Monday, June 9, 2008

More of that inflation

Factory gate prices surge to 26-year high

The Bank of England is facing further pressure to control rising inflation after it emerged that core factory gate prices surged to 5.7 per cent during May - the highest increase since 1982 and far above the expected 4.7 per cent.

Posted by holding out @ 11:16 AM (1387 views)
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29 thoughts on “More of that inflation

  • Good

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  • My posts keep getting moved around, has the webmaster decided the answers need to be put into alphabetical order. I did not mean ‘good’ to higher prices, I meant ‘good’ to a more sensible view on interest rates.

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  • This is massive when you work out what it will do to inflation, both CPI and RPI.

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  • bystander,

    I’m getting a little puzzled by the tendency of my posts to be inserted mid list – very strange!

    There are 5 comments visible as I post this – see where it appears..

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  • OK, so will this one now go under my last post?

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  • holding out says:

    I’m trying to work out which factory gates they’re talking about.
    The few number of factory gates not torn up and used for gated estates must be swamped by statistics gatherers.

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  • Economists are now talking about the next interest rate adjustment being an increase. The FTSE looked set for a surge today following the success of the RBS rights issue, but this has taken it back down to where it started.

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  • Obviously not aplphabetical UT, but it will be interesting to see if this post appears after or before [email protected]

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  • ..and I can actually spell ‘alphabetical’.

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  • “I’ve been waiting for a while for the Treasury to find a way to circumvent the MPC’s interest-rate setting criteria (such as only using “core” inflation, or resetting the CPI target to 3.5%).”

    …………….the problem with changing CPI to 3.5% or using ‘core’ inflation like the Fed do, and the Ernst and Young item club have suggested the MPC do, to suit GB’s political future aspirations is that any move like that will be seen by international markets and currency strategists as the signal to dump sterling like the bag of rotten junk it would soon become, putting monstrous imported inflation upon an already battered electorate (notice I do not refer to the British public as people, GB doesn’t consider us people we are merely votes), and therefore limiting the chance even more of re-election in 2010. We can only hope GB organises a nice exchange rate for sterling to join the euro or GB realises what a catastrophic chain of events such moves would make. Personally I hope sterling survives these next few years, but I am not holding my breath.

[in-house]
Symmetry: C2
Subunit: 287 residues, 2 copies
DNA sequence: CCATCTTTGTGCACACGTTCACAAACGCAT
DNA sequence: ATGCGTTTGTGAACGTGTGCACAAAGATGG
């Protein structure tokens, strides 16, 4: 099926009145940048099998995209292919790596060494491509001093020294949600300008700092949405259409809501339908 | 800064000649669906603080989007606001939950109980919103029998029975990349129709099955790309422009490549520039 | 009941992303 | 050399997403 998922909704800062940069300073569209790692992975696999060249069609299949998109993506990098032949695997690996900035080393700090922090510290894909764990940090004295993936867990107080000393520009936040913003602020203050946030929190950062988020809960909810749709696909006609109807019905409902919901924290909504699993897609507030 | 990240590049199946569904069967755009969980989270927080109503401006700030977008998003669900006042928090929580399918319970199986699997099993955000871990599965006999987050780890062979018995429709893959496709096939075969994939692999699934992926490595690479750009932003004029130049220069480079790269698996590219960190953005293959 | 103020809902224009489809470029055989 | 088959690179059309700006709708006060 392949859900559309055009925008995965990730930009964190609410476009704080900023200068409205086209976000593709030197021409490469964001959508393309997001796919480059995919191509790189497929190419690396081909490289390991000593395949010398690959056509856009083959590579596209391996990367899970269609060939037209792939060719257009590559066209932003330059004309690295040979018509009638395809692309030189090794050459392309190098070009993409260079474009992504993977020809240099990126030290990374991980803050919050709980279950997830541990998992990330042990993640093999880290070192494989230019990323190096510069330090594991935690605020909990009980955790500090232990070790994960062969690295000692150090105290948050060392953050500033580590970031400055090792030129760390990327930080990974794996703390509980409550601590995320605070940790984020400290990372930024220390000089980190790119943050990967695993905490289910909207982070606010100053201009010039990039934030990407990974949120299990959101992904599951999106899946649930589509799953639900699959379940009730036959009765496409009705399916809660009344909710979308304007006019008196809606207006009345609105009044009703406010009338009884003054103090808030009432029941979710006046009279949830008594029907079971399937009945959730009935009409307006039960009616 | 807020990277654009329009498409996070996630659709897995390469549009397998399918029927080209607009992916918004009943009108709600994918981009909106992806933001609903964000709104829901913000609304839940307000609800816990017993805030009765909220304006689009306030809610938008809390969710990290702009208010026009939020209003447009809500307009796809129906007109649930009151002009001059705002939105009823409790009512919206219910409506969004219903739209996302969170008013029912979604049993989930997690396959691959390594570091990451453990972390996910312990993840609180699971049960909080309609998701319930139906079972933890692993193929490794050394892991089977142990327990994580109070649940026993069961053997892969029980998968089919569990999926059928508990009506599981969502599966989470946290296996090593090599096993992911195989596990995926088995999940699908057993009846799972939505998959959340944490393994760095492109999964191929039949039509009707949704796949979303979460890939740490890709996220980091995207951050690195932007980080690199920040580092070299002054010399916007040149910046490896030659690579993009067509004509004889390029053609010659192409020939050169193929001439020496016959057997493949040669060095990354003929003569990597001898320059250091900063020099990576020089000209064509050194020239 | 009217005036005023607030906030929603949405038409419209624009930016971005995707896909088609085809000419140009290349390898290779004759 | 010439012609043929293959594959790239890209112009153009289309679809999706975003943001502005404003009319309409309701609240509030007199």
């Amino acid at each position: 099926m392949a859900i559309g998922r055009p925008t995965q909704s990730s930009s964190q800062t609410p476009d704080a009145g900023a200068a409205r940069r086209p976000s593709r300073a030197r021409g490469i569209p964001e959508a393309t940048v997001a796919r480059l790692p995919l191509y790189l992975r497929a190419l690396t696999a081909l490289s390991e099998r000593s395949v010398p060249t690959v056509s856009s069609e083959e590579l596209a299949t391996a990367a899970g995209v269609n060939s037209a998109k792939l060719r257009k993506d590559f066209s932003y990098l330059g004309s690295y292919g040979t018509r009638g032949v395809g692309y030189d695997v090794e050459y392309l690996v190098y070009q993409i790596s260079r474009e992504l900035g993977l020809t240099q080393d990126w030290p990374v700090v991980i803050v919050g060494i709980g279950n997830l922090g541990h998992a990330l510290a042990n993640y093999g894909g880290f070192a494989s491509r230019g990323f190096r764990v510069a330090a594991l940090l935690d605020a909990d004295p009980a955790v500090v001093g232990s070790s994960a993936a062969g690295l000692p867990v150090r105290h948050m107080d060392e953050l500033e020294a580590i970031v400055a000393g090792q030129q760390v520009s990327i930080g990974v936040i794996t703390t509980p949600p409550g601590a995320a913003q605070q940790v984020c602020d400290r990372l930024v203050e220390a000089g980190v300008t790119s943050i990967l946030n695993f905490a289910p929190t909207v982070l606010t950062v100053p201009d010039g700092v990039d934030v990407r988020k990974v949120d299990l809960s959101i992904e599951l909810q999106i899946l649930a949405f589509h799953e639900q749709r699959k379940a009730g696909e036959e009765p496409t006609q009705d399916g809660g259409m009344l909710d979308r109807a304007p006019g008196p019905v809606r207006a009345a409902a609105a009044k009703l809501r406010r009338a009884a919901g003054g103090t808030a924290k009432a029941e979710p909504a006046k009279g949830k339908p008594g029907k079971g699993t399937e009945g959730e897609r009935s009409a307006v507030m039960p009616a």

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  • I’ve been waiting for a while for the Treasury to find a way to circumvent the MPC’s interest-rate setting criteria (such as only using “core” inflation, or resetting the CPI target to 3.5%)[email protected] @12

    ….this re-organisation of posts is getting on my nerves.

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  • debtfree…I’ll give you one good reason why the government will want to save the housing market – Northern Rock, at least until it has offloaded all its mortgages and settles for savers.

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  • pelethar,

    Although there will be plenty of Labour donors and MP’s who will be baying in the wings about saving the property market, there is pretty much nothing the government can do.

    The sheer capital value of all Britain’s houses – around £5,000bn at the peak of the market – makes it impossible for the govenment to do much more than breathe soothing noises.

    Labour’s No.1 priority right now is its very own survival – the auditors have to sign off it’s accounts and verify that it is a viable concern by the end of the month; at the last report their were doubts they could make such a claim..

    Now see where this post lands – should be #19

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  • OK, my computer clock said 13.34, but the time stamp on my last post said 12.34

    Have just advanced my clock by one hour – now showing 14.37

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  • OK, that didn’t work. What is happening is that my posts are getting time stamped one hour behind real time – now 13.39

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  • @Pelethar,

    If some catastrophe happens, banks tend to lower rates. I have been agitating on this site for some time about the fact that low interest rates will damage the value of Sterling.